I don’t think making art is just a matter of spewing sounds or paint or what have you to convince the world that you’re alive and that you feel, though I have engaged in a great deal of spewing over the years. You have to start somewhere.
I think making art is also a matter of craftsmanship. It’s a matter of learning to use and misuse the requisite tools. At times I’ve been a little too concerned with craft and technique. Until you’ve mastered your tools craft can interfere with your emotional flow and you end up with nothing but a poorly made exhibit of technique—at best, an educational aid, a reminder of what you don’t want to do again.
During winter break of my final year of high school (this would have been December, 1974) I began delving into my mother’s paint box, which she hadn’t touched in over a decade. When I graduated in June of 1975 I started to paint in earnest and began ransacking the Duluth public library for everything I could find on painting and drawing techniques and quite a bit on art history: it was all new to me. This lasted at least a couple of years.
Throughout the 1980s I went through a similar process with books on writing poetry.
In the spring of 1996 I again began this process with books and magazines on home recording.
The one lesson almost all these works omit is the importance of making art. All the gear in the world, all the techniques every master can pass on will not give you what you need to make art. Just get out there and do it. Spew! The people I’ve encountered who are recording their readings on their phone or onto their laptop with the built-in mic are off to a good start. I would urge them to do the best reading/performance that they can (rehearse it, record multiple takes) and don’t get too close to the microphone but beyond that, just keep recording.
That being said, improving your craft will help you offer something more pleasing to your audience. Lo-fi has its charms but, to me, the only redeeming charm is that a great performance was captured despite poor technology. Most of the time the recording is only a tool for capturing and structuring the actual art, which is sound, and should be as transparent as possible. But recording can also be a more integral part of the art, in a sense adding to the flavor or creating a tangible matrix for your words and sounds. Once you have some skill it becomes an esthetic choice and you are a little less a victim of technology.
The substance of this article is minimal, a series of almost random links to websites that discuss some of the basics of home recording. I ran a Google search of “basic music recording” which provided most of these links. Then I ran a search for “basic recording techniques” which was very disappointing: it was almost all adds for schools. And a third search for “home recording tips”.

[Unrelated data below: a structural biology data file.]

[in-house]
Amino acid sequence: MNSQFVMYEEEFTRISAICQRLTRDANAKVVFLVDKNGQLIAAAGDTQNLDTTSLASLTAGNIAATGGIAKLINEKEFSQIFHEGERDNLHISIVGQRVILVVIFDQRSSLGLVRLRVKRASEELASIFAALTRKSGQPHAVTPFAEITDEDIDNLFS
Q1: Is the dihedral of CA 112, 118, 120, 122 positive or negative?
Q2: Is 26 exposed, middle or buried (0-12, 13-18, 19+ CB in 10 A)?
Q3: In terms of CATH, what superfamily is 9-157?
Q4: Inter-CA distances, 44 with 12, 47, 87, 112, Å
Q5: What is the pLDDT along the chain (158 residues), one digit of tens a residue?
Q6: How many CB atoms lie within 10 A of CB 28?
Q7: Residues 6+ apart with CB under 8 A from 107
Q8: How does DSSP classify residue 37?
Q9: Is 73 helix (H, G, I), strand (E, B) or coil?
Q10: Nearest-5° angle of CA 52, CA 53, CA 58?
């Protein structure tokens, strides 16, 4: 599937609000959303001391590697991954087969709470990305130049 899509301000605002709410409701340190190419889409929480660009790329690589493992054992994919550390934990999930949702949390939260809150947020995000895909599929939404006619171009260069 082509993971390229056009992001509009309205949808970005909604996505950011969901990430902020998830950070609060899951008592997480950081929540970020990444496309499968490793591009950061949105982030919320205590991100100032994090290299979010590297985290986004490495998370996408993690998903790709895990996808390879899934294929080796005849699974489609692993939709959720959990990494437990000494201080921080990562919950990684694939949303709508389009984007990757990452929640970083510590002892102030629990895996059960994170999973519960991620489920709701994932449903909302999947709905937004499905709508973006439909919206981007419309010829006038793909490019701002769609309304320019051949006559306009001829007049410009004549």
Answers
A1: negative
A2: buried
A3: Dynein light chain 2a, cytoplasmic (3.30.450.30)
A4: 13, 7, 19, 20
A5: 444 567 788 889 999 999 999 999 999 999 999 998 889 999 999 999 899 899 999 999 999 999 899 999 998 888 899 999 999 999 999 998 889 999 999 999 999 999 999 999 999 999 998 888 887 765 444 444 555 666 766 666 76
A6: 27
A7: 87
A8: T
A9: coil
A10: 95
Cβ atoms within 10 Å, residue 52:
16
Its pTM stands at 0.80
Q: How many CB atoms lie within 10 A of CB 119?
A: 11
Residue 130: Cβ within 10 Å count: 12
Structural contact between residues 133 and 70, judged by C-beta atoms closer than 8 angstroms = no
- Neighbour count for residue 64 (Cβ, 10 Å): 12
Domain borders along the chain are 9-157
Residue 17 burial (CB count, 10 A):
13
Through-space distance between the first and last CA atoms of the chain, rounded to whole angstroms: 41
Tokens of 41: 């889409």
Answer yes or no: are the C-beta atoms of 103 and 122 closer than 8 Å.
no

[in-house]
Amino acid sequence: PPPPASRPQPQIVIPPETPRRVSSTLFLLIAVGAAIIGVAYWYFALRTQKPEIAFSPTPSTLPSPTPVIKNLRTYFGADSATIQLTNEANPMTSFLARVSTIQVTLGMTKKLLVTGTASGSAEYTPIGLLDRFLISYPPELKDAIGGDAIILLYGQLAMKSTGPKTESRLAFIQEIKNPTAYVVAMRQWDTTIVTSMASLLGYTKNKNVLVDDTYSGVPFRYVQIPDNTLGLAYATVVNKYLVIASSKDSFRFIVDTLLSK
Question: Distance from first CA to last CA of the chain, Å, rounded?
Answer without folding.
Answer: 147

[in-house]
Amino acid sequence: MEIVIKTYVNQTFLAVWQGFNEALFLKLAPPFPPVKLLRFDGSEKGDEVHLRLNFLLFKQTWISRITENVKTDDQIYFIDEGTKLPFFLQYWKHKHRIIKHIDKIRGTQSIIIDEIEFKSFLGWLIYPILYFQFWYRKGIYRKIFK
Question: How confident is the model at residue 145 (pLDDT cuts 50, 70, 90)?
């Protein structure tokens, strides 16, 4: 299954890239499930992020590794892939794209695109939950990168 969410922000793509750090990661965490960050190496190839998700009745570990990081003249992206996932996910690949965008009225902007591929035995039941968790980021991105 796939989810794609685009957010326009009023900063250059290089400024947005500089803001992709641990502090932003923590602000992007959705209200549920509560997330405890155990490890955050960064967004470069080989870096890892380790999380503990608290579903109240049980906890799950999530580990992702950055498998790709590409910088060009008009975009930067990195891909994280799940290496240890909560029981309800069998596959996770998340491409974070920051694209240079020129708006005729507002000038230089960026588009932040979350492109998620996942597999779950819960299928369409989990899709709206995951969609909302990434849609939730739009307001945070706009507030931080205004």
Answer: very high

This article began with someone’s letter to the editor in Tape Op, a magazine for recording engineers, thanking them for opening a new questions page on their website. ( http://tapeop.com/and http://tapeop.com/questions/) I can’t say enough in favor of this magazine, I’m a fan (and I’m not a fan of much that humans have created), and the subscription is free. The magazine on the whole is not that geeky. It’s not really a tech mag with page after page of mic placement and reports on knobs turned, though they have those moments. Primarily it’s a document of the human side of recording. I find the interviews inspiring and informative.
If you’re trying to take the first steps into more serious studio recording, on whatever budget, I don’t know that Tape Op is the place for you. I recommend reading every issue past, present, and future (as I said, I’m a fan) but you could very easily find your eyes glazing over when they do get down to serious discussions of hardware and technique. And when you see the price tags on some of the gear you will sometimes think there’s nothing in it for you. But they, more than anyone, support the just-do-it approach to recording. Use whatever is at hand. It’s the art that counts, not the tools used to make it.
I think I’ve said this before and I know I’ll say it again: if you have a computer connected to the internet you can get almost everything you need to record online for free.
I’m going to supply a rather random list of links I found from those searches. What I noticed is how much most of the authors get caught up in gear fetishes. That’s why I’m putting the dummies.com link at the top of the list. (I generally haven’t gotten much of value from their books, which are too broad and too basic to answer most of my questions. But they might be the perfect place for you to start.) I also liked the quick links on the Basic Home Recording Studio site, which is why they’re second on the list.
Also, most physical book stores and certainly the online bookstores have plenty of how-to books for home recording. I read many that were in print in 1996 or shortly after. They also have a tendency to get bogged down in gear fetishes. As do I, for that matter.…I think you should find the few things that you really need, the best you can afford, and learn to use what you have. Everything else is potential distraction and baggage. (Here is a quick reference as to where you might start looking for cheap and useful tools: http://www.sweetwater.com/c1006–Portable_Recorders.) A portable recorder is a significant step up in quality compared to using your phone or the mic built into your laptop and can be used for recording just about any sound, from your voice to environments to instruments.